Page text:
There is a difference between self-control and legalism. Self-control is necessary to accomplish something while legalism is simply the fear of breaking a rule. Self-control looks to the goal for which we are striving while legalism lives in bondage to perfectionism. Self-control has a purpose for good behavior while legalism robs life of joy. It is not the elimination of desire but the re-directing of desire to please God. It is knowing that our lives are not our own and we are not the masters of our fate and makers of our own destiny.

Where are you this morning?

Are you clear about who you are and at peace with that or are you living in an imaginary unlived life?

Are you clear about whose you are that gives you a release from living to please or manipulate and control others?

Are you focused on resurrection and a life beyond this one or spending your time using Christ to make this life better?

Are you a prisoner of circumstances and in a place you did not choose? Have you learned the secret of contentment and not the soul killing disease of resignation and resentment?

This was written by an 83 year-old woman to her friend.

Dear Bertha:

I’m reading more and dusting less. I’m sitting in the yard and admiring the view without fussing about the weeds in the garden. I’m spending more time with my family and friends and less time working. Whenever possible, life should be a pattern of experiences to savor, not to endure. I’m trying to recognize these moments now and cherish them.

I’m not “saving” anything; we use our good China and crystal for every special event such as losing a pound, getting the sink unstopped, or the first Amaryllis blossom.

I wear my good blazer to the market. My theory is if I look prosperous, I can shell out $28.49 for one small bag of groceries.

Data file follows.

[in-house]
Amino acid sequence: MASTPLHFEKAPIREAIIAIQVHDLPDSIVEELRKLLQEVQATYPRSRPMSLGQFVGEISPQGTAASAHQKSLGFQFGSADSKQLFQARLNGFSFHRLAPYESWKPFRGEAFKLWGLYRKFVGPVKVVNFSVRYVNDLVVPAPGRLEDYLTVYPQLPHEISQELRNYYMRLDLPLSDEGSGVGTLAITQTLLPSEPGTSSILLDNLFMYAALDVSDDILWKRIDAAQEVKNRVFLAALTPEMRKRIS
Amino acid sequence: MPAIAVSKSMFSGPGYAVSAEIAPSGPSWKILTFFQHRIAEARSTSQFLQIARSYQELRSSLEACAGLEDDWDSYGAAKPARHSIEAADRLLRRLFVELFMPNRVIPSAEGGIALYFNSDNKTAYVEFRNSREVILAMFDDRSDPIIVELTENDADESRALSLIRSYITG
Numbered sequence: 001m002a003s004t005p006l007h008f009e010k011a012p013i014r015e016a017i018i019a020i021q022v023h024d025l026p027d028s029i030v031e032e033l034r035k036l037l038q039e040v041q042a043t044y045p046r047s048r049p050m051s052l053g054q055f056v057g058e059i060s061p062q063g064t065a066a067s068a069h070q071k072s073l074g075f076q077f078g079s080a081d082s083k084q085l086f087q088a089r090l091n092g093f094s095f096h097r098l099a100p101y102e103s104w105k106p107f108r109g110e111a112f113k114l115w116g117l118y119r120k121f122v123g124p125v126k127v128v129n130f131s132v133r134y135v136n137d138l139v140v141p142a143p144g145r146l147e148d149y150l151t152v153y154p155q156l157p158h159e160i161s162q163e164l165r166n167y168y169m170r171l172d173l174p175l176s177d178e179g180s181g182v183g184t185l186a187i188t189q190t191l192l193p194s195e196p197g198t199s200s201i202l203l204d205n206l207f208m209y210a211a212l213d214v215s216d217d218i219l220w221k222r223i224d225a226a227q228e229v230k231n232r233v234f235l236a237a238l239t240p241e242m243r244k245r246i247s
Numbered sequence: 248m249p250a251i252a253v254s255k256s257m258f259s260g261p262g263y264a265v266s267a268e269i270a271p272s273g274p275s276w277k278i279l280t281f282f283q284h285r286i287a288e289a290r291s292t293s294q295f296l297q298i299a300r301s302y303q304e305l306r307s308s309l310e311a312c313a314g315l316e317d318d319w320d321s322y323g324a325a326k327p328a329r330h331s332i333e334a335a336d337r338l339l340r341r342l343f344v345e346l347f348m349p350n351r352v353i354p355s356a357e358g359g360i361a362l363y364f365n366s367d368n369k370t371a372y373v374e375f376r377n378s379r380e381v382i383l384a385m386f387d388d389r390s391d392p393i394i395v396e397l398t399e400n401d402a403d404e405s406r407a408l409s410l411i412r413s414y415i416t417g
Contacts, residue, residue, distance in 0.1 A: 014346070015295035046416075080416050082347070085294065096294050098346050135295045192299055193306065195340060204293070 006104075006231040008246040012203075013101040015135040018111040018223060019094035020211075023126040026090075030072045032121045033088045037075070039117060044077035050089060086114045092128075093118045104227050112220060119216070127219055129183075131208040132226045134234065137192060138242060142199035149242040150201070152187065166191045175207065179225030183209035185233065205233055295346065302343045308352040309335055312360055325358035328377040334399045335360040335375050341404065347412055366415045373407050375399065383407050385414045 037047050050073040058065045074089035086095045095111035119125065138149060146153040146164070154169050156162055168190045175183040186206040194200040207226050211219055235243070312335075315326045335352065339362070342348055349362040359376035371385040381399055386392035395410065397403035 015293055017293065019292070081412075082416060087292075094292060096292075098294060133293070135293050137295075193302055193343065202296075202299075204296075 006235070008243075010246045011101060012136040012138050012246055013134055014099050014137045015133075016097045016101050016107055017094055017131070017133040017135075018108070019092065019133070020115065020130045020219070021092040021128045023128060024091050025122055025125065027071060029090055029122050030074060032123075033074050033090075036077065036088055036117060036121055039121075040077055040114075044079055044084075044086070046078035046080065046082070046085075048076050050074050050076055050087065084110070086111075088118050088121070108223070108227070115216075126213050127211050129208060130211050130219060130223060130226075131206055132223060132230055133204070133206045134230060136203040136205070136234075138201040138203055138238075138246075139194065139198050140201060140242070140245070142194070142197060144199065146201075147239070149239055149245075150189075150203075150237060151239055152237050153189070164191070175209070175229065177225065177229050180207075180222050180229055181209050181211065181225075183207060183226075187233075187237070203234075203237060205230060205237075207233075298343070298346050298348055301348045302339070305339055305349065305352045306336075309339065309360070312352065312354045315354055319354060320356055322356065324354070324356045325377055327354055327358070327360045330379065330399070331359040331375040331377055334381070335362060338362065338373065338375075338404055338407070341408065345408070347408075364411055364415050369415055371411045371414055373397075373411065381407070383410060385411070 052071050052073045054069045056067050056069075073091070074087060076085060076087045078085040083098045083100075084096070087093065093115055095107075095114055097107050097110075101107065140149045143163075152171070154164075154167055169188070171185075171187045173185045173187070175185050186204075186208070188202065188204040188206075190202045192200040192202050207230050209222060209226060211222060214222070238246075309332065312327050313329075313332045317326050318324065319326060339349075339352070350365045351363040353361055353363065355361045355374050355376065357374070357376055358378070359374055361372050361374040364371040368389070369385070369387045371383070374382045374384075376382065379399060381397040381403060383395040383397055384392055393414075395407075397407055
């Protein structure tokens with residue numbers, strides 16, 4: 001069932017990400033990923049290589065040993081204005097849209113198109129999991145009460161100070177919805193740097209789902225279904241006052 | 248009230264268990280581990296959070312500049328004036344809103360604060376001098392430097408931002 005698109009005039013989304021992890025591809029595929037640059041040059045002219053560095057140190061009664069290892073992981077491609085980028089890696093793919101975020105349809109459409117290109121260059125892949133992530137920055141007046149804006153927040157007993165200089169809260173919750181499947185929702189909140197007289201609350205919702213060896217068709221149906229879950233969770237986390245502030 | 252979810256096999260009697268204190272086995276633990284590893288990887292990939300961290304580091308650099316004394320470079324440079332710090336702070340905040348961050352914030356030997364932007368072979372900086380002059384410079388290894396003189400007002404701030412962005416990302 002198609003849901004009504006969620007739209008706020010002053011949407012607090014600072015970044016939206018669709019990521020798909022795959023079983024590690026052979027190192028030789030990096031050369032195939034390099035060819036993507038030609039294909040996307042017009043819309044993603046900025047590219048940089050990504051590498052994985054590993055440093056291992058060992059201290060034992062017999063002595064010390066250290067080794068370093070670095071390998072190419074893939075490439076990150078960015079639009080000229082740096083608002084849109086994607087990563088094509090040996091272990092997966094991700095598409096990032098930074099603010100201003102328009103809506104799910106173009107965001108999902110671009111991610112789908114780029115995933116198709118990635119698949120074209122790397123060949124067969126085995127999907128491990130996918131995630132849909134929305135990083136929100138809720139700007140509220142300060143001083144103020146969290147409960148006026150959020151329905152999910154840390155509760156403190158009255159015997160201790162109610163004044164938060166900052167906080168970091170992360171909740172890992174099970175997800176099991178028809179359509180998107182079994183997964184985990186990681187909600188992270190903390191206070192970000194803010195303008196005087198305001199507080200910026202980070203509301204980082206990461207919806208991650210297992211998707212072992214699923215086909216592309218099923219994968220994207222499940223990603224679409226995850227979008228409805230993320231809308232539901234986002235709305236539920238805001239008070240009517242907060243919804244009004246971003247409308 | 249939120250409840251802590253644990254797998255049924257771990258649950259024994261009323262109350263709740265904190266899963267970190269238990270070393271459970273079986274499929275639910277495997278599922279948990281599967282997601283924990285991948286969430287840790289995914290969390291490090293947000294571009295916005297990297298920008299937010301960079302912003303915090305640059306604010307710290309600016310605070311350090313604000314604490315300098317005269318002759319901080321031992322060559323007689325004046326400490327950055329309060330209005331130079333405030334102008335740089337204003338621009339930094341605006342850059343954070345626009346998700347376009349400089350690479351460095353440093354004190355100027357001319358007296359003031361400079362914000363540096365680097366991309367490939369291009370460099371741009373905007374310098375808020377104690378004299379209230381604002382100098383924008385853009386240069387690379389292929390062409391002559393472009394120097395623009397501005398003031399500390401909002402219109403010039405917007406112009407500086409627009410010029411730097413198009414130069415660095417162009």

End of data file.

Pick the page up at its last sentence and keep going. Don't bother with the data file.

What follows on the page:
I’m not saving my good perfume for special parties, but wearing it for clerks in the hardware store and tellers at the bank. Someday” and “one of these days” are losing their grip on my vocabulary. If it’s worth seeing or hearing or doing, I want to see and hear and do it now.

I’m not sure what others would’ve done had they known they wouldn’t be here for the tomorrow that we all take for granted. I think they would have called family members and a few close friends. They might have called a few former friends to apologize and mend fences for past squabbles. I like to think they would have gone out for a Chinese dinner or for whatever their favorite food was. I’m guessing; I’ll never know.

It’s those little things left undone that would make me angry if I knew my hours were limited. Angry because I hadn’t written certain letters that I intended to write one of these days. Angry and sorry that I didn’t tell my husband and parents often enough how much I truly love them. I’m trying very hard not to put off, hold back, or save anything that would add laughter and luster to our lives.

And every morning when I open my eyes, tell myself that it is special. Every day, every minute, every breath truly is a gift from God.

1 Comment

  1. This is a wonderful lesson. Glad that it is archived! So blessed that Fred is my SS teacher and friend.

    Reply